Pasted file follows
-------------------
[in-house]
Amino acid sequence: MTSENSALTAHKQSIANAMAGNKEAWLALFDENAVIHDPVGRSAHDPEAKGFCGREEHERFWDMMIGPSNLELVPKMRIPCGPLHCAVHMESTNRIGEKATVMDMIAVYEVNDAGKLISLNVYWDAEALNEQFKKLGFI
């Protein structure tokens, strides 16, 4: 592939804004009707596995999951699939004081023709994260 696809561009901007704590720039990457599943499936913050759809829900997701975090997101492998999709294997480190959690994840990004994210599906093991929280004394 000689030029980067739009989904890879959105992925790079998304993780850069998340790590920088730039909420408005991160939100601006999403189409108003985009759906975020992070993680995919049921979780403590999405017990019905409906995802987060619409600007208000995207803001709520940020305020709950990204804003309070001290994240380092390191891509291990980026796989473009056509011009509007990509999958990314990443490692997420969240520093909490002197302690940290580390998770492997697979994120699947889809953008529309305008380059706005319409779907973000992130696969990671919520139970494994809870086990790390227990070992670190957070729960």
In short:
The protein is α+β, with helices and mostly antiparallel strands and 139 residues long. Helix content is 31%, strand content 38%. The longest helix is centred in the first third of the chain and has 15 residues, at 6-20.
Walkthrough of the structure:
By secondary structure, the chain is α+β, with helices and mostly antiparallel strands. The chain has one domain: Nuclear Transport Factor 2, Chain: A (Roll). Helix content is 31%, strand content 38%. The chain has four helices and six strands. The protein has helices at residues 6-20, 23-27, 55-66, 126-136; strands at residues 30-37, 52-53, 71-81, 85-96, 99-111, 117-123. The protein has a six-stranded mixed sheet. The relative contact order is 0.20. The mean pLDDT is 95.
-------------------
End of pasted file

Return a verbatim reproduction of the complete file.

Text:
[in-house]
Amino acid sequence: MTSENSALTAHKQSIANAMAGNKEAWLALFDENAVIHDPVGRSAHDPEAKGFCGREEHERFWDMMIGPSNLELVPKMRIPCGPLHCAVHMESTNRIGEKATVMDMIAVYEVNDAGKLISLNVYWDAEALNEQFKKLGFI
């Protein structure tokens, strides 16, 4: 592939804004009707596995999951699939004081023709994260 696809561009901007704590720039990457599943499936913050759809829900997701975090997101492998999709294997480190959690994840990004994210599906093991929280004394 000689030029980067739009989904890879959105992925790079998304993780850069998340790590920088730039909420408005991160939100601006999403189409108003985009759906975020992070993680995919049921979780403590999405017990019905409906995802987060619409600007208000995207803001709520940020305020709950990204804003309070001290994240380092390191891509291990980026796989473009056509011009509007990509999958990314990443490692997420969240520093909490002197302690940290580390998770492997697979994120699947889809953008529309305008380059706005319409779907973000992130696969990671919520139970494994809870086990790390227990070992670190957070729960």
In short:
The protein is α+β, with helices and mostly antiparallel strands and 139 residues long. Helix content is 31%, strand content 38%. The longest helix is centred in the first third of the chain and has 15 residues, at 6-20.
Walkthrough of the structure:
By secondary structure, the chain is α+β, with helices and mostly antiparallel strands. The chain has one domain: Nuclear Transport Factor 2, Chain: A (Roll). Helix content is 31%, strand content 38%. The chain has four helices and six strands. The protein has helices at residues 6-20, 23-27, 55-66, 126-136; strands at residues 30-37, 52-53, 71-81, 85-96, 99-111, 117-123. The protein has a six-stranded mixed sheet. The relative contact order is 0.20. The mean pLDDT is 95.